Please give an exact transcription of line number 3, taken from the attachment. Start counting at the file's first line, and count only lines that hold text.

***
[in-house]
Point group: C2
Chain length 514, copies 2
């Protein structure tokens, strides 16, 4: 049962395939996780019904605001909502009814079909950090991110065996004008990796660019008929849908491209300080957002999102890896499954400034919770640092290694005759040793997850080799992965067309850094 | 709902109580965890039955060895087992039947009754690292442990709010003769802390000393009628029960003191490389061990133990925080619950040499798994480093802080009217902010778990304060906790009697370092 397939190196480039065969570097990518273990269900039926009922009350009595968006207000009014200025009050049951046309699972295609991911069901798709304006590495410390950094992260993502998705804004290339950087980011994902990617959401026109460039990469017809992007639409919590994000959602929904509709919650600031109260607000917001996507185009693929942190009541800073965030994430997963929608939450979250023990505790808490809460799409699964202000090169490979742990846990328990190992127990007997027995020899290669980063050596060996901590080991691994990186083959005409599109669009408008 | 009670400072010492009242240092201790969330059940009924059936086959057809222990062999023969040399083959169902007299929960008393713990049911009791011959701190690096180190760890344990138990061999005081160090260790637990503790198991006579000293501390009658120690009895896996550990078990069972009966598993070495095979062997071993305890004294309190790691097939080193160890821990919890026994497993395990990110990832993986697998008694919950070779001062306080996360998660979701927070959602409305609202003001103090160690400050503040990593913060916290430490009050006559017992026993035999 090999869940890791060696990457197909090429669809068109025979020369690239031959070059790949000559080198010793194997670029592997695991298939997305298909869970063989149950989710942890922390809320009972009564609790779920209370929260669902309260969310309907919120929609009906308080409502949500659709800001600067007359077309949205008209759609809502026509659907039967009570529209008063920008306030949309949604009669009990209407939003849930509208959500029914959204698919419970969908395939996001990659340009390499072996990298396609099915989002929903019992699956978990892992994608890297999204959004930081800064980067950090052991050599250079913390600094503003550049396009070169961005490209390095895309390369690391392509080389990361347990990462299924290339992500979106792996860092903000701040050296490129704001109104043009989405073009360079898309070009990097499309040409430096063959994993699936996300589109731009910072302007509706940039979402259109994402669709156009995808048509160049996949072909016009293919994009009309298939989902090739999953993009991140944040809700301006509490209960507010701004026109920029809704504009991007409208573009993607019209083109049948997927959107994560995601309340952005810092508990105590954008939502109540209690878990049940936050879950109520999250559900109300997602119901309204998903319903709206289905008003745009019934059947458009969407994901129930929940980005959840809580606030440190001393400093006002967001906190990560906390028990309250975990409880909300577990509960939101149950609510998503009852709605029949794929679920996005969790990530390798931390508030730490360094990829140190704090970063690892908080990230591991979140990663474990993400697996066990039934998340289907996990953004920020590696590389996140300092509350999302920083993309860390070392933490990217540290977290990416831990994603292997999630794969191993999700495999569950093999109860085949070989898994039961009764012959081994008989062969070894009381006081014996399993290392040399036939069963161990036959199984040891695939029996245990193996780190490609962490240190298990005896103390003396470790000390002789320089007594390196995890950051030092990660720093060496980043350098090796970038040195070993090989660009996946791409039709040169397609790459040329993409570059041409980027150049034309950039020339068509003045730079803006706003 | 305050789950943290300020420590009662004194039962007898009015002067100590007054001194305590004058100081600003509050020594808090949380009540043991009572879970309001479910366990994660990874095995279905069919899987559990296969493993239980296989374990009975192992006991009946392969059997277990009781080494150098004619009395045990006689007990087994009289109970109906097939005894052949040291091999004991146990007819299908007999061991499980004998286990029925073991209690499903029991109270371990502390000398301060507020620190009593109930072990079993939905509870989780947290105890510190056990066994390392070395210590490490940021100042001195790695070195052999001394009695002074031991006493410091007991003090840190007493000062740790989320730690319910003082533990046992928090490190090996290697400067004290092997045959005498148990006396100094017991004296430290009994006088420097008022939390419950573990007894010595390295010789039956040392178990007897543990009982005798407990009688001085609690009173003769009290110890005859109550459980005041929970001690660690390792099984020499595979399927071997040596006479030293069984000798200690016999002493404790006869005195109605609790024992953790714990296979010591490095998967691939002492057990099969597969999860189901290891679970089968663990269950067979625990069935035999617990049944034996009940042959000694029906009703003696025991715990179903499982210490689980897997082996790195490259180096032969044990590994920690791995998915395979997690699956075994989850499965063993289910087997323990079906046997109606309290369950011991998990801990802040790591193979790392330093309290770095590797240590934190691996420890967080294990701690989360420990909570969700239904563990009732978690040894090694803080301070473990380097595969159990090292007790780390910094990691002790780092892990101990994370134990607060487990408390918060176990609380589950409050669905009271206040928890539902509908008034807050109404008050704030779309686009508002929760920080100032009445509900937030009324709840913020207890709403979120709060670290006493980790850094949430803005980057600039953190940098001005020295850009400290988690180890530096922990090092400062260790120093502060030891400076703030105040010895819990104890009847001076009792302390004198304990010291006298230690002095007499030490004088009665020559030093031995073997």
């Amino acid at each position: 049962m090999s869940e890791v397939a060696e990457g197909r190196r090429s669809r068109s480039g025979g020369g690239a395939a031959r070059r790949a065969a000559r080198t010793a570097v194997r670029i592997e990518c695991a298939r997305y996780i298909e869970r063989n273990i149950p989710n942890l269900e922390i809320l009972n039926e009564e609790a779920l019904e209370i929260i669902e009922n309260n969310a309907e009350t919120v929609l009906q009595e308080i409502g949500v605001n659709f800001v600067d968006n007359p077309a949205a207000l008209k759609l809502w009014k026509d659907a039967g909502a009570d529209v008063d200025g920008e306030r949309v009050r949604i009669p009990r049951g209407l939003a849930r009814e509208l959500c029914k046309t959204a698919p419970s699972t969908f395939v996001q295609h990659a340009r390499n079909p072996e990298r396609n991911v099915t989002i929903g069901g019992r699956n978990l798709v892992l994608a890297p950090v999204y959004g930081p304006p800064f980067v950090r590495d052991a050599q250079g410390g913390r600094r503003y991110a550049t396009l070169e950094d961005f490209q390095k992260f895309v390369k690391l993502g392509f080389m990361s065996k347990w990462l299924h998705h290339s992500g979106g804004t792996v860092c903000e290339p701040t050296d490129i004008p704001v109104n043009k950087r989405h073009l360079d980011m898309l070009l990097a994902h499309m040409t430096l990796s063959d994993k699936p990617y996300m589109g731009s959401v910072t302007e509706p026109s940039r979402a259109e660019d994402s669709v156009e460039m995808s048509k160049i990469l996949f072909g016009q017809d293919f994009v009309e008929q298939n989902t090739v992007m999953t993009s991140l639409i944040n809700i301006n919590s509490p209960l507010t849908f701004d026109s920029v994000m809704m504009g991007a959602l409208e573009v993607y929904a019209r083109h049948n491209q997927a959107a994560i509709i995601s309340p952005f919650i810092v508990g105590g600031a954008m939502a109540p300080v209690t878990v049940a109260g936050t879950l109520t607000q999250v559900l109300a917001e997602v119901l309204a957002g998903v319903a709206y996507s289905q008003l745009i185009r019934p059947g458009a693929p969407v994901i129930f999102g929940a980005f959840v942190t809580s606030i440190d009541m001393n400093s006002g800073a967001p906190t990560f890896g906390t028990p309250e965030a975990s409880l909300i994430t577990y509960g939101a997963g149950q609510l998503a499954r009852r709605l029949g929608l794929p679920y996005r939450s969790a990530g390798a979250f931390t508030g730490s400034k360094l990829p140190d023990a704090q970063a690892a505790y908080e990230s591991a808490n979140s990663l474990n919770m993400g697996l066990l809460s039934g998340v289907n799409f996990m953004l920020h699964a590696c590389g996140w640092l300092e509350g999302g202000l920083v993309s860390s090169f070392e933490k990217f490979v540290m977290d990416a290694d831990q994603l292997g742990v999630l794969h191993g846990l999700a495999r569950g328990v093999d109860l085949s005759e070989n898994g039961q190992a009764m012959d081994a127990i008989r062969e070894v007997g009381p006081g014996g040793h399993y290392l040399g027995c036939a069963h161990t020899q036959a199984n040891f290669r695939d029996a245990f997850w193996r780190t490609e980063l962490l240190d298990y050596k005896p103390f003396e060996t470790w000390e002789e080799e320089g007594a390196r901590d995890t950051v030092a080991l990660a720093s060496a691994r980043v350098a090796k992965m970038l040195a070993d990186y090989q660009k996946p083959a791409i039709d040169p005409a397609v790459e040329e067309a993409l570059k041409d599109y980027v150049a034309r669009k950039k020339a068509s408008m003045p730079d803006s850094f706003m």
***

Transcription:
Chain length 514, copies 2